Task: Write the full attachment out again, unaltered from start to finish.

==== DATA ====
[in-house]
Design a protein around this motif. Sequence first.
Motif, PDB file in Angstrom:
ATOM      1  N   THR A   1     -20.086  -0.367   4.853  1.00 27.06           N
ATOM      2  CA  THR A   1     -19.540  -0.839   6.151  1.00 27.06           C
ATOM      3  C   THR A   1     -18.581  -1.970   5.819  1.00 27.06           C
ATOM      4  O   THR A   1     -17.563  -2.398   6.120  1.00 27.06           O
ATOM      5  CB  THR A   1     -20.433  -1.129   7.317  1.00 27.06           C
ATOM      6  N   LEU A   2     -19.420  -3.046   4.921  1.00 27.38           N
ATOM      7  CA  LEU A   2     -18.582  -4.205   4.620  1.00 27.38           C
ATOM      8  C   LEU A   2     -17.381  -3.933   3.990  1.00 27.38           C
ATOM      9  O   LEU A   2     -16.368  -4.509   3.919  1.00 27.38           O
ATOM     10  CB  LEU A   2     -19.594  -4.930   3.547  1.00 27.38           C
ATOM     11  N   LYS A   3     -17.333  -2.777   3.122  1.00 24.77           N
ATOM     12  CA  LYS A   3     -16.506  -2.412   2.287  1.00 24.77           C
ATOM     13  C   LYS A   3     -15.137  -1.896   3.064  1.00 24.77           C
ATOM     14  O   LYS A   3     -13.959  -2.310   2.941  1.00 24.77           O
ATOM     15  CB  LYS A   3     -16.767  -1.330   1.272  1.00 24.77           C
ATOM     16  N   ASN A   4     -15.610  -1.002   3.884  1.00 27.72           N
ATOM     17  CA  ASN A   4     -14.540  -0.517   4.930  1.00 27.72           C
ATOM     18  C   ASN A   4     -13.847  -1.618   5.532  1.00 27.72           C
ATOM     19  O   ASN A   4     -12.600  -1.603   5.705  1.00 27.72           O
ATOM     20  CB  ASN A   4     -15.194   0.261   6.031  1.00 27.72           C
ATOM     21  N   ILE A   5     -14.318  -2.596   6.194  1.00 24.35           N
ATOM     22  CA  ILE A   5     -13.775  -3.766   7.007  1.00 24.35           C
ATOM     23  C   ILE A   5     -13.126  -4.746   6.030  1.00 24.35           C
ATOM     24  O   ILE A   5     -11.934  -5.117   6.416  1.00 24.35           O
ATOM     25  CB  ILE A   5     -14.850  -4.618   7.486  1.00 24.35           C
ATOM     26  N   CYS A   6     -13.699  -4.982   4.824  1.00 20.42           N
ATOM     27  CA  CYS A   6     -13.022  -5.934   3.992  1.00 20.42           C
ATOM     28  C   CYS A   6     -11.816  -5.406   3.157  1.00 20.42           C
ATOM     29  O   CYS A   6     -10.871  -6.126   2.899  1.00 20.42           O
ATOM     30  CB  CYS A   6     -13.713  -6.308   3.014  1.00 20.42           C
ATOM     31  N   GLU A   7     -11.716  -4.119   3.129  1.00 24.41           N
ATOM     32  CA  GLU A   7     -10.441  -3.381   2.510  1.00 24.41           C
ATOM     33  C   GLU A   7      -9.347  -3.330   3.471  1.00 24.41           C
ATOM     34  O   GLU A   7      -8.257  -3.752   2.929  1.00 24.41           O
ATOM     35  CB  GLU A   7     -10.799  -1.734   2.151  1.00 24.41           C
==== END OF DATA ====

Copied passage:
[in-house]
Design a protein around this motif. Sequence first.
Motif, PDB file in Angstrom:
ATOM      1  N   THR A   1     -20.086  -0.367   4.853  1.00 27.06           N
ATOM      2  CA  THR A   1     -19.540  -0.839   6.151  1.00 27.06           C
ATOM      3  C   THR A   1     -18.581  -1.970   5.819  1.00 27.06           C
ATOM      4  O   THR A   1     -17.563  -2.398   6.120  1.00 27.06           O
ATOM      5  CB  THR A   1     -20.433  -1.129   7.317  1.00 27.06           C
ATOM      6  N   LEU A   2     -19.420  -3.046   4.921  1.00 27.38           N
ATOM      7  CA  LEU A   2     -18.582  -4.205   4.620  1.00 27.38           C
ATOM      8  C   LEU A   2     -17.381  -3.933   3.990  1.00 27.38           C
ATOM      9  O   LEU A   2     -16.368  -4.509   3.919  1.00 27.38           O
ATOM     10  CB  LEU A   2     -19.594  -4.930   3.547  1.00 27.38           C
ATOM     11  N   LYS A   3     -17.333  -2.777   3.122  1.00 24.77           N
ATOM     12  CA  LYS A   3     -16.506  -2.412   2.287  1.00 24.77           C
ATOM     13  C   LYS A   3     -15.137  -1.896   3.064  1.00 24.77           C
ATOM     14  O   LYS A   3     -13.959  -2.310   2.941  1.00 24.77           O
ATOM     15  CB  LYS A   3     -16.767  -1.330   1.272  1.00 24.77           C
ATOM     16  N   ASN A   4     -15.610  -1.002   3.884  1.00 27.72           N
ATOM     17  CA  ASN A   4     -14.540  -0.517   4.930  1.00 27.72           C
ATOM     18  C   ASN A   4     -13.847  -1.618   5.532  1.00 27.72           C
ATOM     19  O   ASN A   4     -12.600  -1.603   5.705  1.00 27.72           O
ATOM     20  CB  ASN A   4     -15.194   0.261   6.031  1.00 27.72           C
ATOM     21  N   ILE A   5     -14.318  -2.596   6.194  1.00 24.35           N
ATOM     22  CA  ILE A   5     -13.775  -3.766   7.007  1.00 24.35           C
ATOM     23  C   ILE A   5     -13.126  -4.746   6.030  1.00 24.35           C
ATOM     24  O   ILE A   5     -11.934  -5.117   6.416  1.00 24.35           O
ATOM     25  CB  ILE A   5     -14.850  -4.618   7.486  1.00 24.35           C
ATOM     26  N   CYS A   6     -13.699  -4.982   4.824  1.00 20.42           N
ATOM     27  CA  CYS A   6     -13.022  -5.934   3.992  1.00 20.42           C
ATOM     28  C   CYS A   6     -11.816  -5.406   3.157  1.00 20.42           C
ATOM     29  O   CYS A   6     -10.871  -6.126   2.899  1.00 20.42           O
ATOM     30  CB  CYS A   6     -13.713  -6.308   3.014  1.00 20.42           C
ATOM     31  N   GLU A   7     -11.716  -4.119   3.129  1.00 24.41           N
ATOM     32  CA  GLU A   7     -10.441  -3.381   2.510  1.00 24.41           C
ATOM     33  C   GLU A   7      -9.347  -3.330   3.471  1.00 24.41           C
ATOM     34  O   GLU A   7      -8.257  -3.752   2.929  1.00 24.41           O
ATOM     35  CB  GLU A   7     -10.799  -1.734   2.151  1.00 24.41           C